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What Are the Different Types of Natural Vasodilators?

By Rebecca Harkin
Updated Mar 03, 2024
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Vasodilatation is the expanding of blood vessels, which reduces the blood pressure or force the heart needs to apply to circulate blood throughout the body. Nitric oxide is a strong vasodilator acting directly to relax the lining of the blood vessels. The most effective way to supplement nitric oxide is by eating foods rich in natural vasodilators, including nitrates, flavonoids, and L-arginine. Another natural substance that provides this benefit is 3-n-butylphthalide, which is thought to play a role in controlling the production of prostaglandins, complex fat molecules with many physiological and regulatory roles, one of which is to relax blood vessels.

A strong natural vasodilator is nitrate, found in high concentrations in beets, spinach, and lettuce. After eating these vegetables, the saliva acts to convert the nitrate to nitrite. In the stomach, gastric acid produces nitric oxide from the nitrite. Nitric oxide signals the lining of the blood vessels to relax, and thereby expand or dilate.

Flavonoids acts as a key component in the production of nitric oxide. As a natural dilator, they augment the activity of nitric oxide synthase, an enzyme produced by the cells lining the blood vessels. The nitric oxide synthase is the catalyst in the production of nitric oxide. Flavonoids improve vasodilation by boosting the efficiency of nitric oxide synthase, and thereby increasing the production of nitric oxide. Foods rich in these compounds are spinach, kale, broccoli, dark chocolate, and hawthorn.

L-arginine is an essential amino acid used in the production of nitric oxide. Some research suggests that dietary augmentation of this amino acid may increase the synthesis of nitric oxide. Meats such as fish and chicken, eggs, milk, cheese, and various nuts, such as walnuts, cashews, and almonds, are good sources of L-arginine.

The chemical 3-n-butylphthalide is thought to increase vasodilation by modulating the production of prostaglandins, but the exact method through which this process occurs is not completely understood. Some types of prostaglandins act to dilate peripheral blood vessels, or blood vessels located in the extremities. Increased availability of 3-n-butylphthalide may improve the release of prostaglandins and help dilate these blood vessels. Celery is a good source of this chemical.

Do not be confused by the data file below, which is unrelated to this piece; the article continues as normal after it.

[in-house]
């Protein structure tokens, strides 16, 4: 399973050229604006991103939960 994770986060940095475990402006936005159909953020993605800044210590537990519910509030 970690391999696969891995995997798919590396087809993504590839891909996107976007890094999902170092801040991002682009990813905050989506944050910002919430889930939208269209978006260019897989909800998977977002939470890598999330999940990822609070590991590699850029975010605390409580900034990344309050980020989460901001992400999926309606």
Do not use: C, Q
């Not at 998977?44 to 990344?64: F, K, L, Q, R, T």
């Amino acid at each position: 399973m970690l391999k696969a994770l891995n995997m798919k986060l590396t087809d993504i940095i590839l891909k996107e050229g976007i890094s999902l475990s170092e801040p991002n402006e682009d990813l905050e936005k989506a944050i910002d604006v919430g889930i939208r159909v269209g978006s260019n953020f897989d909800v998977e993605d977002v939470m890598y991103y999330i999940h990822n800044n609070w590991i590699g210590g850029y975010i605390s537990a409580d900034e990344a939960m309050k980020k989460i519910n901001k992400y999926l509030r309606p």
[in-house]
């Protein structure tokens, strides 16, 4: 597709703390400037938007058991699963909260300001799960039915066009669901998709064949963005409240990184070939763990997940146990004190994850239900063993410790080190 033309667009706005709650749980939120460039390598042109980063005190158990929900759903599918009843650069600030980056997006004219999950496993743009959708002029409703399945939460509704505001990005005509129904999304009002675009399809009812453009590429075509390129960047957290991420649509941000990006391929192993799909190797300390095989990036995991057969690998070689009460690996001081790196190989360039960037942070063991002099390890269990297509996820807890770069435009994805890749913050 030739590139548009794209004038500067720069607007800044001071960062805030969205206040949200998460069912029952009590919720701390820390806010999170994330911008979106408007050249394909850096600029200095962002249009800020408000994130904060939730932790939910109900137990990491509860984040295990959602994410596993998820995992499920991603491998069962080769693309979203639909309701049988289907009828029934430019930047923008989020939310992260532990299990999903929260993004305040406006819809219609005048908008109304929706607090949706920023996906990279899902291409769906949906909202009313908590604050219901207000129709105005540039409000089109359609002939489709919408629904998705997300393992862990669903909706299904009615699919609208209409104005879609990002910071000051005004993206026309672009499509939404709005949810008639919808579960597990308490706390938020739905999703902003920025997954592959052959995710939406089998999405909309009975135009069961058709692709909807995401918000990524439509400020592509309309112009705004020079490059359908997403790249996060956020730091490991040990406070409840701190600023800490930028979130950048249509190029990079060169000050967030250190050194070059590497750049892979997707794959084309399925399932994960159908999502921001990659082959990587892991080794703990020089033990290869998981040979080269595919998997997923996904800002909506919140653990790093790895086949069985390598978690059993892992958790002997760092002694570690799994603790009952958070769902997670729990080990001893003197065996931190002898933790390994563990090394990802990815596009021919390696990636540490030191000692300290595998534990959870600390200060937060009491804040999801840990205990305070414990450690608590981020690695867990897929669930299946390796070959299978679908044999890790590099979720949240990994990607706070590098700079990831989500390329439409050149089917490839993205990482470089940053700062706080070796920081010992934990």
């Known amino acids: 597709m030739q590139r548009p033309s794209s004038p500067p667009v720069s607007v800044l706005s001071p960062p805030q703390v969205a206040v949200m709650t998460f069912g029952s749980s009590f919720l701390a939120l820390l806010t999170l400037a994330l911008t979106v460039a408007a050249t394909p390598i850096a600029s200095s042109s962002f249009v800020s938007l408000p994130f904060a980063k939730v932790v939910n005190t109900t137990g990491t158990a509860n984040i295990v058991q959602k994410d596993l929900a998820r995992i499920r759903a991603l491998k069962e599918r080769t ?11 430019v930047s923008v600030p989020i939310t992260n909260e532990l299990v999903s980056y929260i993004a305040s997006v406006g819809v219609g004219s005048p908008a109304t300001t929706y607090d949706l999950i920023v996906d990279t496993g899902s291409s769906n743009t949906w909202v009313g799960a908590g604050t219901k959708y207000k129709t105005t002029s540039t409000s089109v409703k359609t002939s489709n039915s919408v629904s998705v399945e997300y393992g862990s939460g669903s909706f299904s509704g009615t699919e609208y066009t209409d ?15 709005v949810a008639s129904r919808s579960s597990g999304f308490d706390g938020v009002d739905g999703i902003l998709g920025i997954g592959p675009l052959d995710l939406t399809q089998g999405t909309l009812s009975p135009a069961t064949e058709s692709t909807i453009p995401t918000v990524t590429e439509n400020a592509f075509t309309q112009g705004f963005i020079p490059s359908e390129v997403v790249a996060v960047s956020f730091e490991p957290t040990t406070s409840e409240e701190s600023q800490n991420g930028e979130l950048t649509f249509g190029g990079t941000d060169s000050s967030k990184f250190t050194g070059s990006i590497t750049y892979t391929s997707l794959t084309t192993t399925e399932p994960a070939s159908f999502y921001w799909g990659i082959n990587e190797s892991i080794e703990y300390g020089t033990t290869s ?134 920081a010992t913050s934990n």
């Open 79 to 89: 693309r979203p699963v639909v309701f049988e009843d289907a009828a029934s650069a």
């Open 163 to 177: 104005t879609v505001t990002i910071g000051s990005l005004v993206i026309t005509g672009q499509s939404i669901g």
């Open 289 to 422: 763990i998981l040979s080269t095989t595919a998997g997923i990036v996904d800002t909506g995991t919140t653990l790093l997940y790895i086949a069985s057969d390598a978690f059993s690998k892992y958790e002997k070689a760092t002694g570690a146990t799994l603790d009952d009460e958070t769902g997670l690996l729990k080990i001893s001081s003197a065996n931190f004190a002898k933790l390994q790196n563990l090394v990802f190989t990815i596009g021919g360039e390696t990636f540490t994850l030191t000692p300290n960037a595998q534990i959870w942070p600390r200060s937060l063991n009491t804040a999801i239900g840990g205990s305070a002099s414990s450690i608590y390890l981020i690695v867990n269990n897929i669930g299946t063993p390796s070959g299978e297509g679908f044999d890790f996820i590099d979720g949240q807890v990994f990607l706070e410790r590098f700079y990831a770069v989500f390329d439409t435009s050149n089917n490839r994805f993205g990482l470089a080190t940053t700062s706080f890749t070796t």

Eating a reasonable amount of nitrates, flavonoids, L-arginine, and 3-n-butylphthalide is safe and should not interfere with prescription medication. These natural vasodilators should never be used in place of prescription vasodilators unless such a change is discussed with a medical professional. In some cases, they may help to control minor blood pressure problems or may allow for a reduced dose of a prescription medication.

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Discussion Comments
By anon993863 — On Dec 22, 2015

This article only covered one vasodilator - nitric oxide. Are there no others?

By Laotionne — On Sep 04, 2014

Vasodilatation works differently in different people. This is why not everyone has the same natural blood pressure, and readings that are high for one person might be normal for another person. My readings are always higher than the 120 over 80.

By Drentel — On Sep 04, 2014

@mobilian33 - I agree that hypertension can be a family condition, but just because your blood pressure is high doesn't mean it has to stay that way unless you take blood pressure medication. My blood pressure was high enough that my doctor put me on prescription pills, but eventually I changed the way I was living my life and I was able stop taking the pills and still keep my blood pressure where it needed to be.

For me the keys were learning to relax and stop worrying about work all of the time. I got back to exercising regularly like I had done when I was younger, and I changed my diet so that I was eating foods that would help lower my blood pressure, and I stopped eating so much of the bad foods.

By mobilian33 — On Sep 03, 2014

High blood often runs in certain families. That's why when you go to the doctor they ask you if your parents had problems with high blood pressure. However, I think this probably has more to do with the habits people in the same family have and not so much to do with anything they have inherited from other family members because of genes.

I grew in a family where my mama cooked a lot of fried fatty foods because that was what she had learned from her mama and she had learned that same thing from her mama and so on down the line for a long way back. So it's no wonder that I have high blood pressure and have to take medication. Once you get off to a bad start you can count on having to take high blood pressure medication for most of your life.

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